500th Lung Transplant Performed at UT Southwestern Medical Center

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UT Southwestern Medical Center recently announced that it has performed its 500th lung transplant, placing it in an exclusive group that includes fewer than 25 American medical institutions. Lung transplantation is often the only option for patients who suffer from life-threatening conditions, such as pulmonary hypertension (PH) or cystic fibrosis (CF).

The 500th lung transplant was conducted at the UT Southwestern Medical Center’s new William P. Clements Jr. University Hospital on 25-year-old CF patient Christopher Bryant Vera. The head of the Pulmonary Hypertension Program at UT Southwestern, Fernando Torres, explained in a press release that all transplants are remarkable accomplishments and despite the importance of UTSW reaching the milestone, what is most important to the institution is the patient’s health.

“Having performed 500 lung transplants is an important milestone because it indicates a level of care that is a little different from institutions that don’t do many transplants,” said Torres, who is a pulmonologist and associate professor of Internal Medicine and Medical Director of Lung Transplantation. “Large-volume centers tend to have better outcomes for patients.”

In addition to conducting 500 lung transplants, UTSW has also performed more than 1,000 cardiothoracic transplants, including both heart and lung transplants. The surgeons at the center are increasing the volume of procedures performed, which raises the possibilities of patients suffering from debilitating respiratory diseases.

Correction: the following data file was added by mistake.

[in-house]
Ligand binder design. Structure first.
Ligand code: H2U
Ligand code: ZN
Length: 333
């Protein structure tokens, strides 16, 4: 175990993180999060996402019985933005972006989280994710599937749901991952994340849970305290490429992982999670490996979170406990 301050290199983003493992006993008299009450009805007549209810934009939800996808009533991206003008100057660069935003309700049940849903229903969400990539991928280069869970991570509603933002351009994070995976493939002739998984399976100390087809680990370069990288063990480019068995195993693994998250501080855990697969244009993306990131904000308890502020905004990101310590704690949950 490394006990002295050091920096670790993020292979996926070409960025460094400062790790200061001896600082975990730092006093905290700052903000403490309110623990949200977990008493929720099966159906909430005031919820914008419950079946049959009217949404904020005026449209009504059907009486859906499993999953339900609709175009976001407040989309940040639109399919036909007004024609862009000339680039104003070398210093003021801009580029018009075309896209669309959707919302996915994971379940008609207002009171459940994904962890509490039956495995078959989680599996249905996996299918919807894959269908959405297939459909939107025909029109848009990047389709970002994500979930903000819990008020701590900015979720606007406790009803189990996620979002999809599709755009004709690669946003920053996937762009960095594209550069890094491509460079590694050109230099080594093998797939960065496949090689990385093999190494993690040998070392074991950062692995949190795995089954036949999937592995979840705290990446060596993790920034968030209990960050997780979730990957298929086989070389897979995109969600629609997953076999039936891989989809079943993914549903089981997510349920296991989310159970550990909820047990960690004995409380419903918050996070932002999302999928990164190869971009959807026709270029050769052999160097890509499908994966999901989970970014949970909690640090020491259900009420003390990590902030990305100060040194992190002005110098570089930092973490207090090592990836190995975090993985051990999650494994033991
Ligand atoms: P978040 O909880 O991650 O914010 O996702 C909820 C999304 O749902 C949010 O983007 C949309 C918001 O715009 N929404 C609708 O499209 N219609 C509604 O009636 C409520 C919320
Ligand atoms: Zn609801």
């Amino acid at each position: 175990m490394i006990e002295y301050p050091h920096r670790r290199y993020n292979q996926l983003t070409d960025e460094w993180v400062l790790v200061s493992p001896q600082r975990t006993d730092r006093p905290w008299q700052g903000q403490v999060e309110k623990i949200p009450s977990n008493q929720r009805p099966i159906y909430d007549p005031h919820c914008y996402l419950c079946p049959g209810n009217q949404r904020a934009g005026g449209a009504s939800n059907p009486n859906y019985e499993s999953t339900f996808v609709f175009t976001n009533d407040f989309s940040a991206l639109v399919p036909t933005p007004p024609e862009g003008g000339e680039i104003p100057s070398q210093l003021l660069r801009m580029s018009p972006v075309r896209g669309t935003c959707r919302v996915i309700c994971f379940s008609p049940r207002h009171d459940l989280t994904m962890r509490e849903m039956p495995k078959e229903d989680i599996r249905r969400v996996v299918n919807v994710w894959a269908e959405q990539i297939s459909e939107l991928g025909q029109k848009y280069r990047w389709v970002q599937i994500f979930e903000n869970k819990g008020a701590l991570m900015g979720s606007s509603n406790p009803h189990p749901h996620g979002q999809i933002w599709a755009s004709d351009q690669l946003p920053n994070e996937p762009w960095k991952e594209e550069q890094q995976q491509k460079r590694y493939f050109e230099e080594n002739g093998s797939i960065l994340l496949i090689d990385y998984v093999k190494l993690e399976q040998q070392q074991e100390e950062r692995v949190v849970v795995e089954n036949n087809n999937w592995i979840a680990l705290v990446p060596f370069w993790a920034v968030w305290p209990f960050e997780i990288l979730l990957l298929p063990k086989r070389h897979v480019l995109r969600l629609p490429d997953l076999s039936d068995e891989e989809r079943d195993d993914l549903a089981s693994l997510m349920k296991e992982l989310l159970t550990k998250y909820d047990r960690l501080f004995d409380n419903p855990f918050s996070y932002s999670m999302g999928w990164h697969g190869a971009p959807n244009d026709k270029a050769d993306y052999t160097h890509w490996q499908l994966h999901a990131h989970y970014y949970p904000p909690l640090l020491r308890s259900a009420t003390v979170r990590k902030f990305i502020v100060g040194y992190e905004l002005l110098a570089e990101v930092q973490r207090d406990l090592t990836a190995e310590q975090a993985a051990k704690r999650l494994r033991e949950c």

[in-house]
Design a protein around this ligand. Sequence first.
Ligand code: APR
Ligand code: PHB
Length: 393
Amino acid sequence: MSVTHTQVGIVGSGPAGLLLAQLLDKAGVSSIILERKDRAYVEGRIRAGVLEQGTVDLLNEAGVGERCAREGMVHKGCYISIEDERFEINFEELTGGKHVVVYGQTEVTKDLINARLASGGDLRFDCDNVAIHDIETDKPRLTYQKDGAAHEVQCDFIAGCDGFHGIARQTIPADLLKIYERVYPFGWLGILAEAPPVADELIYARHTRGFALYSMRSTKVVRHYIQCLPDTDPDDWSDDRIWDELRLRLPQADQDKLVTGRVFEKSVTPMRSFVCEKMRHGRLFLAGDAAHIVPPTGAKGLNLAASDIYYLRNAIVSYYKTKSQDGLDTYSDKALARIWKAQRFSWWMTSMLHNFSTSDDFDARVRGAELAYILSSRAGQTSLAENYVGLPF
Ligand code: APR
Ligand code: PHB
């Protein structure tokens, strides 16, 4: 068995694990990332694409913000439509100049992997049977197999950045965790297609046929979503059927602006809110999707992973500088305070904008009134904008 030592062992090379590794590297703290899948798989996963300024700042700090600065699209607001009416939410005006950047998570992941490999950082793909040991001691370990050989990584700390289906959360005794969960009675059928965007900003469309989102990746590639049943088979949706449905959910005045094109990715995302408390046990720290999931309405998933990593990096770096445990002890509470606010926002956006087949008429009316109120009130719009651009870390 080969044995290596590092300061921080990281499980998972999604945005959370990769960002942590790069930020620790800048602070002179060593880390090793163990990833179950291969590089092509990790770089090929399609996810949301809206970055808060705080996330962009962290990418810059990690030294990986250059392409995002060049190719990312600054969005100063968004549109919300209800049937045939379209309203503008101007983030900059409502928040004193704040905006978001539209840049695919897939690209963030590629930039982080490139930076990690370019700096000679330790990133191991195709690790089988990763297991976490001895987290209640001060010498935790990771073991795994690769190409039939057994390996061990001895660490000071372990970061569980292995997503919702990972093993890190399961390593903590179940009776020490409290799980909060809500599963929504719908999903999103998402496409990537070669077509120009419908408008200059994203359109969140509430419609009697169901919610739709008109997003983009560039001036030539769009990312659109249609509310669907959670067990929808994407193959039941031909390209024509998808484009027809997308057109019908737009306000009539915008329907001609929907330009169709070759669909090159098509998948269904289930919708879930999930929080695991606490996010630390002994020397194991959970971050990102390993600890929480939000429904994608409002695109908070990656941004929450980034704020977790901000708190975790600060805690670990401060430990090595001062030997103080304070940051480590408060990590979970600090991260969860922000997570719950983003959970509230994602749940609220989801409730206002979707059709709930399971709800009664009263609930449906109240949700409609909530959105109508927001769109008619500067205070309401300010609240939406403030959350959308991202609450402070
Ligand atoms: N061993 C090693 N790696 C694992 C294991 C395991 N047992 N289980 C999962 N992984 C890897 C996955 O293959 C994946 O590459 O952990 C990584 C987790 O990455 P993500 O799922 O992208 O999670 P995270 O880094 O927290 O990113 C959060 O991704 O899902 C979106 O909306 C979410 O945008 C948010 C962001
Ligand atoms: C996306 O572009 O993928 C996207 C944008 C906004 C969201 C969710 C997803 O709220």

UT Southwestern is currently the eighth center in the country on the list of institutions that perform the procedure to reach the 500th lung transplant milestone according to the United Network for Organ Transplant, the organization that manages the organ transplant system in the country. The center has performed over 60 lung transplants annually over the past three years.

“It reflects our durability, and demonstrates that we have clinical excellence − that our referring doctors and patients trust us,” stated the chief of the Cardiovascular and Thoracic Surgery Service and professor of Cardiovascular and Thoracic Surgery at William P. Clements Jr. University Hospital, Michael Wait. UT Southwestern’s Lung Transplant Program recently obtained new “ex vivo perfusion” technology to improve the examination and viability of donor lungs.

Both Wait and Torres believe that the program is able to continue growing and expanding its capabilities with new techniques and technologies, as well as to help advance transplant medicine and patient care. “We are the only lung-transplant center in the state using this technology to test organs that otherwise could not be used for transplant,” added Torres.

Organ transplant is a key therapeutic option for patients with severe PH, a rare lung disease that causes the abnormal flow of blood between the heart and the lungs, provoking difficulties in breathing and leading to right heart failure. However, in order to fulfill the need for organ transplants, organ donations are also crucial to helping patients who suffer from these conditions.

In April, Pulmonary Hypertension Association has engaged in one of its most important advocacy missions to date, Donate Life Month, to encourage people to become organ donors and be aware of the need for early screening, diagnosis, and treatment of PH. The association was focused on highlighting the importance of organ donation by sharing personal stories about how organ donation can make a major impact in a PH patient’s life.

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